Construction morphology

In the second section of the volume, the constructional approach to grammar is extended to the field of morphology. While it is a crucial assumption of constructionist linguistics that there is no fundamental distinction between words and morphemes on the one hand and multi-word grammatical patterns on the other, grammar being a vast repository of conventionalized form/meaning-pairings of varying levels of formal complexity, it can also be observed that the attention of construction grammarians has always been primarily focused on the upper and middle parts of the lexicon-syntax cline, i.e. on phrasal and clause-level constructions. Until very recently, in-depth constructionist analyses of morphological phenomena were in fact scarce. The chapters in this section both take the landmark publication on construction morphology by Booij(2010) as their point of departure, while embarking upon new territory through a comparative outlook, as in the chapter by Booijand Huning, or by the application of construction morphology to language history, as in the chapter by Scott.

In their chapter on ‘Affixoids and constructional idioms’, Geert Booijand Matthias Huning discuss the category of affixoids, i.e. compound constituents with an affix-like behaviour as in the German case of fahig ‘able’. This occurs in complex adjectives such as veranderungsfahig ‘able to change’, where the original meaning of the adjective is maintained. There are, however, also examples such as kreditfahig ‘fit for getting credit’, where a related though different meaning occurs, which is restricted to complex words. Booij and Huning argue that it is not necessary to introduce a new category such as affixoid to account for such phenomena. Instead, they argue that research on affixoids has illustrated that there is no sharp distinction between derivation and compounding. Affixes and lexical words are at the two ends of a scale and the same is true for the two word formation processes, i.e. derivation and compounding. In between, there are formations with properties of both sides. While affixoid may be a useful descriptive term for the bound meanings of words when embedded in complex words, their behaviour can be insightfully accounted for within the framework of construction morphology, which does not make an absolute distinction between compounding and derivation. From a constructionist point of view, affixoids can be characterized as the lexically specified parts of so-called constructional idioms, that is, subschemas for compounding that are partially lexically fixed, with specific semantic properties. This analysis of affixoids fits into a conception of the lexicon as hierarchical, with different layers of abstraction at which the word formation possibilities of a language are specified.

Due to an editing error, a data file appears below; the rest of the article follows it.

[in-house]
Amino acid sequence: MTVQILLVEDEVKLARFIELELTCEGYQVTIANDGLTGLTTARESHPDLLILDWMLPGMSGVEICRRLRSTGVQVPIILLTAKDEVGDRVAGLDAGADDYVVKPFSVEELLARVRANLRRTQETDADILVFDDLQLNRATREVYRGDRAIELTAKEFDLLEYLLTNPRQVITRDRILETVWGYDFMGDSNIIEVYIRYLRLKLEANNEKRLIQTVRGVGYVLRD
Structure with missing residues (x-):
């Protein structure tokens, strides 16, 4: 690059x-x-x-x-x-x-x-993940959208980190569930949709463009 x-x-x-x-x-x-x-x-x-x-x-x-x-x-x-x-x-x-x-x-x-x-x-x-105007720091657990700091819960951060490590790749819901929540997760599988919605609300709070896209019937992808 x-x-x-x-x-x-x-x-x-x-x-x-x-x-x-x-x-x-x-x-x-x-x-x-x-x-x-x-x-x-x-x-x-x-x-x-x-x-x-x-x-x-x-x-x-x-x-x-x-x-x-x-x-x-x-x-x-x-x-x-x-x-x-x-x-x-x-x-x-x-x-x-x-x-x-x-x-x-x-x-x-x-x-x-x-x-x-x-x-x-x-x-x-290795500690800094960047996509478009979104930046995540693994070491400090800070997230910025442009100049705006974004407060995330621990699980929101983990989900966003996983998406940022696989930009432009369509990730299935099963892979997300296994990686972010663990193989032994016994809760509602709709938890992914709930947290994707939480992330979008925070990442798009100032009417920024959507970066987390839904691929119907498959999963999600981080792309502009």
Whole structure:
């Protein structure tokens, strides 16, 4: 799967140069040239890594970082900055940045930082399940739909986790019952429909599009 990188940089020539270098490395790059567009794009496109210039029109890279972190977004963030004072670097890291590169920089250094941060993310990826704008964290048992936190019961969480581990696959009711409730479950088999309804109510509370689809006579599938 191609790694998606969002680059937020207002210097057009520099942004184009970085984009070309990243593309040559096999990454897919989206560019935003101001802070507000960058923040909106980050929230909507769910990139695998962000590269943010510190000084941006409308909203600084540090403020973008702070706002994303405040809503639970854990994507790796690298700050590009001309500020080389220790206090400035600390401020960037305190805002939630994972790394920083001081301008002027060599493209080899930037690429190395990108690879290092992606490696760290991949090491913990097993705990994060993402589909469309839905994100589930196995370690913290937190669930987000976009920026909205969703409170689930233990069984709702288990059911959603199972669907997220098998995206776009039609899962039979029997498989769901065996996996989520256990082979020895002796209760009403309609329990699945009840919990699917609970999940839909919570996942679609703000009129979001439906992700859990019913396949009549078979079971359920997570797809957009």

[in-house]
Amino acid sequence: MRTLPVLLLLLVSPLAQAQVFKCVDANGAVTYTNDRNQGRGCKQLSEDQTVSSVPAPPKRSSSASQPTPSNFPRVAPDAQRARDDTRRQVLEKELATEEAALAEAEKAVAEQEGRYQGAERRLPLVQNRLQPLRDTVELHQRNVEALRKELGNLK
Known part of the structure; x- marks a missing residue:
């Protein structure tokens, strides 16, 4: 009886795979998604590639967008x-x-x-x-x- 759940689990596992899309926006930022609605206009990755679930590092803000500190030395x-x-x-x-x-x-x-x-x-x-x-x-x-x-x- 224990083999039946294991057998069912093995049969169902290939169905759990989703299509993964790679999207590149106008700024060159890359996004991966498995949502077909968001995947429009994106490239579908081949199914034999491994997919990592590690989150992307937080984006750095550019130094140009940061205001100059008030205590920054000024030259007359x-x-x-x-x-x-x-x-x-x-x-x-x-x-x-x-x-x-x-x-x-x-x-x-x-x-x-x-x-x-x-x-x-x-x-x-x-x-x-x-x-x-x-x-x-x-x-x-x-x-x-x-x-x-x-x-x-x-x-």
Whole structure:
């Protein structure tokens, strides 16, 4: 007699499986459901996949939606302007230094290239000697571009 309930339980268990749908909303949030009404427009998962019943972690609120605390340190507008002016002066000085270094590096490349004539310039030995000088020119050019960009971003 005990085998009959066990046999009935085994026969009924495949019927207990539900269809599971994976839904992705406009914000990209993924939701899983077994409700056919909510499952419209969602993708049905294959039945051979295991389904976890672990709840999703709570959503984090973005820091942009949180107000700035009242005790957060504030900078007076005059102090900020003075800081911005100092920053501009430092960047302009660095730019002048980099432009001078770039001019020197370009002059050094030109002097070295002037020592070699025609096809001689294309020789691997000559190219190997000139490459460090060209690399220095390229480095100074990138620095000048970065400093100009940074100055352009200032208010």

Alan Scott, in his chapter on ‘The survival and use of case morphology in Modern Dutch’, discusses relics in present-day Dutch of the language’s now defunct case system, in particular the use of what once were regular genitive forms in examples such as een nieuw hoofdstuk in de geschiedenis der verkeer- stechnologie ‘lit. a new chapter in the history of the:GEN traffic-technology’. Scott uses a usage-based diachronic approach in order to account for the survival of this piece of case morphology into Modern Dutch, incorporating corpus analyses from sixteenth- and seventeenth-century Dutch up to the present day. He analyzes how constructions with der became isolated from a dying case system and reinterpreted as an open frame construction within which, unexpectedly, agreement morphology was preserved. Building on Booij(2010), Scott suggests that the construction in question involves a non-canonical type of construction- dependent morphology. Having offered an account of the survival of der in the history of Dutch, Scott goes on to discuss the use of constructions with der in present-day language. It turns out that in present-day Dutch, constructions with der constitute a stylistic tool mainly used in specific registers and contexts, which Scott interprets as an example of the interplay of construction morphology and (morpho-)pragmatics.

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